DOEseeks public comment on e-waste regulations

Published on Thu, Aug 23, 2007 by Tara Nelson

Read More News

DOE seeks public comment on e-waste regulations

By Tara Nelson

The Washington State Department of Ecology (DOE) is seeking public comment on a second set of proposed rules regarding the state’s new electronic recycling program scheduled to begin January 1, 2009.
The new rules include requirements for all manufacturers to provide recycling services throughout the state at no cost to households, small businesses, small governments, charities and school districts.

Electronic products contain heavy metals and other chemicals at hazardous levels that make them difficult to dispose of safely.

Cullen Stephenson, manager of the DOE’s solid waste program, said for every cathode ray picture tube, a television contains an estimated four to eight pounds of lead.

“This legislation is unique in that it reflects the concept of product stewardship – it puts the responsibility or running the waste recycling program on the makers of the products and gives consumers the responsibility for returning their products at end-of-life,” Stephenson said in a statement.

A 2005 study by the U.S. General Accountability Office (GAO) also found that more than 100 million computers, monitors and televisions become obsolete each year in the United States, the disposal of which can harm human health by releasing toxic substances such as mercury, lead and cadmium into the environment.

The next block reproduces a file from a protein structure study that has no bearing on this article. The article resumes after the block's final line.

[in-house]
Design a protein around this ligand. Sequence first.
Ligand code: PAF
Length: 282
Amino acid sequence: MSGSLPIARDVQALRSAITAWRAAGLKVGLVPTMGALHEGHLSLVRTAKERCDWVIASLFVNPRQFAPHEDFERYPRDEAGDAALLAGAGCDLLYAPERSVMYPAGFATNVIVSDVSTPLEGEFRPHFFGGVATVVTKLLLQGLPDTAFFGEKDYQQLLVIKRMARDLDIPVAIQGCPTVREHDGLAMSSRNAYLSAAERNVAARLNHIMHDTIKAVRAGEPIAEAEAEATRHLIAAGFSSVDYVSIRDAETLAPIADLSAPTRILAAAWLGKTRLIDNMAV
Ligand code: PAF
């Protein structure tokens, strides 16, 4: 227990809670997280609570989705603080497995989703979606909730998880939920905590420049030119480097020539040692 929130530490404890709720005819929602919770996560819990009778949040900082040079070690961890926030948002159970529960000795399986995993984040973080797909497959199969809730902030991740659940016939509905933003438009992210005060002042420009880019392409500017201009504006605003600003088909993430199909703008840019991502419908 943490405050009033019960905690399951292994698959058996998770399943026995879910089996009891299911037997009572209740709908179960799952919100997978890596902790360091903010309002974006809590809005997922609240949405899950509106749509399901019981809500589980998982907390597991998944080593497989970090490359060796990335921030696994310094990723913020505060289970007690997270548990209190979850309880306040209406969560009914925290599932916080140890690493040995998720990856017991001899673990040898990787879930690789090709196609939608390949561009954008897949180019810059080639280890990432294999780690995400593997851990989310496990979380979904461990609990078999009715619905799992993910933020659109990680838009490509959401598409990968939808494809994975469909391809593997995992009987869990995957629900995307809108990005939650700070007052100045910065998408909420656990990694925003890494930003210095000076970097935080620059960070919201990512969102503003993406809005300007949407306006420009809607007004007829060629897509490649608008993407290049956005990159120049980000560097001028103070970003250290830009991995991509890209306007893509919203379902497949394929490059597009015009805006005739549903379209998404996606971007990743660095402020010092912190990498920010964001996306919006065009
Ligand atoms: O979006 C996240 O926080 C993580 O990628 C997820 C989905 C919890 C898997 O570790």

The proposed rules would require manufacturers to develop recycling plans; performance standards for operators, product collectors and transporters; and reporting processes to keep those substances out of the environment.

Additionally, the report found that computers contain precious metals, such as gold, silver, and platinum, which require substantial amounts of energy and land to extract. Those metals can often be extracted with less environmental impact from used electronics rather than from the environment.

The department is accepting public comments on the rule proposal through 5 p.m. August 30. Written comments should be submitted to: Jay Shepard, Department of Ecology, PO Box 47600, Olympia, Wash. 98504-7600. Comments may also be submitted by email to For information on recyclers that accept electronics, call 800/RECYCLE (800/732-9253) or visit

Whatcom County residents will also be required to more carefully dispose of electronics, computer monitors and compact fluorescent light bulbs, following a decision by the Whatcom County Council last month.

In their regular meeting July 10, council members unanimously passed a resolution outlining their intent to require recycling of all electronics and mercury-containing products in the community.

The rule would require Whatcom County households to recycle burned-out fluorescent-tube lighting and compact fluorescent bulbs, as well as other household electronics such as monitors, laptop computers and televisions. Businesses are already required to recycle fluorescent bulbs.

For more information on electronic waste, visit